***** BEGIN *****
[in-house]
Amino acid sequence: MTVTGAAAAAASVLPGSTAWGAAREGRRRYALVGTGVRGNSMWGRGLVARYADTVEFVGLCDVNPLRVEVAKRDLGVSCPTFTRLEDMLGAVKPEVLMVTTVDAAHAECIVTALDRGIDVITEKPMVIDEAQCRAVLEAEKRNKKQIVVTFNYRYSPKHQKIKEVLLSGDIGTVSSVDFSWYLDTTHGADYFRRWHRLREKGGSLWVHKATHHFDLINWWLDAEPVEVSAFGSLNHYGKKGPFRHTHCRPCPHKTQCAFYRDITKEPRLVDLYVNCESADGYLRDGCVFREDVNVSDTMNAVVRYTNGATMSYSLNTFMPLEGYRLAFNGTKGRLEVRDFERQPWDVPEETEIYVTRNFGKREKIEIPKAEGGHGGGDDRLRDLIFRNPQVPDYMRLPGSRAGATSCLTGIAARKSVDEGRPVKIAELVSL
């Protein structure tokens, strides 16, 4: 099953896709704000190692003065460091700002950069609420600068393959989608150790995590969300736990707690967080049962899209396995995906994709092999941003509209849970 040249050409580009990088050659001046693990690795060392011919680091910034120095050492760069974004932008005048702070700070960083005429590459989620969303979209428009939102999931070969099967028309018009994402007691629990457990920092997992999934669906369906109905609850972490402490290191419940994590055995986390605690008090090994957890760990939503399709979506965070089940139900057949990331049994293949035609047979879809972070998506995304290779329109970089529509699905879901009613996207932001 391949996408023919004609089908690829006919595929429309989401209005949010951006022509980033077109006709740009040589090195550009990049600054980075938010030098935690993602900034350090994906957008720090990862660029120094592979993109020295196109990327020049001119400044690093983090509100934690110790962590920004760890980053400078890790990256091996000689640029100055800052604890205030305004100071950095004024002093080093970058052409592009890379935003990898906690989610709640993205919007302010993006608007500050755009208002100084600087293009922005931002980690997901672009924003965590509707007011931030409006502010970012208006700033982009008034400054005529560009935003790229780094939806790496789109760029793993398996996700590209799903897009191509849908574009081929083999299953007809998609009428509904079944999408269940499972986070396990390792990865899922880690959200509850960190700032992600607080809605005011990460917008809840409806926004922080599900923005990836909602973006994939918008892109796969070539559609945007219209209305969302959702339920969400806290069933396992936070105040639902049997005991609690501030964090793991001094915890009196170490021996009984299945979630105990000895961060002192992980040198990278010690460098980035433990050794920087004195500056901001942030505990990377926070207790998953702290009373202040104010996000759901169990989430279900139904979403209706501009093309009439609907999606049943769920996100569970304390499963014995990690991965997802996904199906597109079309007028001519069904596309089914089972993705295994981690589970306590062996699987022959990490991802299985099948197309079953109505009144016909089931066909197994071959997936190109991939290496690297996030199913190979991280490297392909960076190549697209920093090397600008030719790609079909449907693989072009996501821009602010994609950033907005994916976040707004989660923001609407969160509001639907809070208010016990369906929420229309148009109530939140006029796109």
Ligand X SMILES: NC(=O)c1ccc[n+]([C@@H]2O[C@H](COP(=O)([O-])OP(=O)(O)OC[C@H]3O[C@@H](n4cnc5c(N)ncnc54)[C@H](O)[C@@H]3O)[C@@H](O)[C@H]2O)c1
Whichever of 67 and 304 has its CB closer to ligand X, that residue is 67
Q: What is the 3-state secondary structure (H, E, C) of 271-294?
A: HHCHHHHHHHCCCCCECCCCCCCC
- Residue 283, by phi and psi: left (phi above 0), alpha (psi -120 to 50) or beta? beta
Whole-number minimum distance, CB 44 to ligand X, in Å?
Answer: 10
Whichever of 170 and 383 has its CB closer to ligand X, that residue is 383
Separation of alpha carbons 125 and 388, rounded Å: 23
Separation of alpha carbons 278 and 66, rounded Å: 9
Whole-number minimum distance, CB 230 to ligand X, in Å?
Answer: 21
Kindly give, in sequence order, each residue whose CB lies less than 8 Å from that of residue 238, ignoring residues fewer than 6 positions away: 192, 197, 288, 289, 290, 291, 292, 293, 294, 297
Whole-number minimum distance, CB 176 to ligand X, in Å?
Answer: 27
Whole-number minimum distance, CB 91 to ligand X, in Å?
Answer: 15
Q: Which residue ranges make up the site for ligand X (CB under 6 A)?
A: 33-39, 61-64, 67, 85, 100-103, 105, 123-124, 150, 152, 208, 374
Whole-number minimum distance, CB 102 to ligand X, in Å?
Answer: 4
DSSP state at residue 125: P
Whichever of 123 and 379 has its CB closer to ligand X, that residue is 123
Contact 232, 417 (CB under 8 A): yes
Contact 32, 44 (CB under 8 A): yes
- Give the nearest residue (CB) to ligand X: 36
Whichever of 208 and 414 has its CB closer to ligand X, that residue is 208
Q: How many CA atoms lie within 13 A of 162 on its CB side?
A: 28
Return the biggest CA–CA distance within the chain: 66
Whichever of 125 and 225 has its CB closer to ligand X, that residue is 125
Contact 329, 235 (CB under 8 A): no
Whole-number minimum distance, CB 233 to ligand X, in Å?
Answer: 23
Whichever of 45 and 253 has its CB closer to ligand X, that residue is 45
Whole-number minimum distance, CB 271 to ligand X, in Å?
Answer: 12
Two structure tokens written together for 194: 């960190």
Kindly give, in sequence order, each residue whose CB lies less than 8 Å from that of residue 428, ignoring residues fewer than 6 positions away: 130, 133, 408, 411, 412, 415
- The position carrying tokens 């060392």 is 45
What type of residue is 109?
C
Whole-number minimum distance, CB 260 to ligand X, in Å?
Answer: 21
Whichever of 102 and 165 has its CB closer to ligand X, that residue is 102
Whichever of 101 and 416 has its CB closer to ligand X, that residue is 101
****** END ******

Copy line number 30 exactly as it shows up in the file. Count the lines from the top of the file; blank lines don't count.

Whichever of 208 and 414 has its CB closer to ligand X, that residue is 208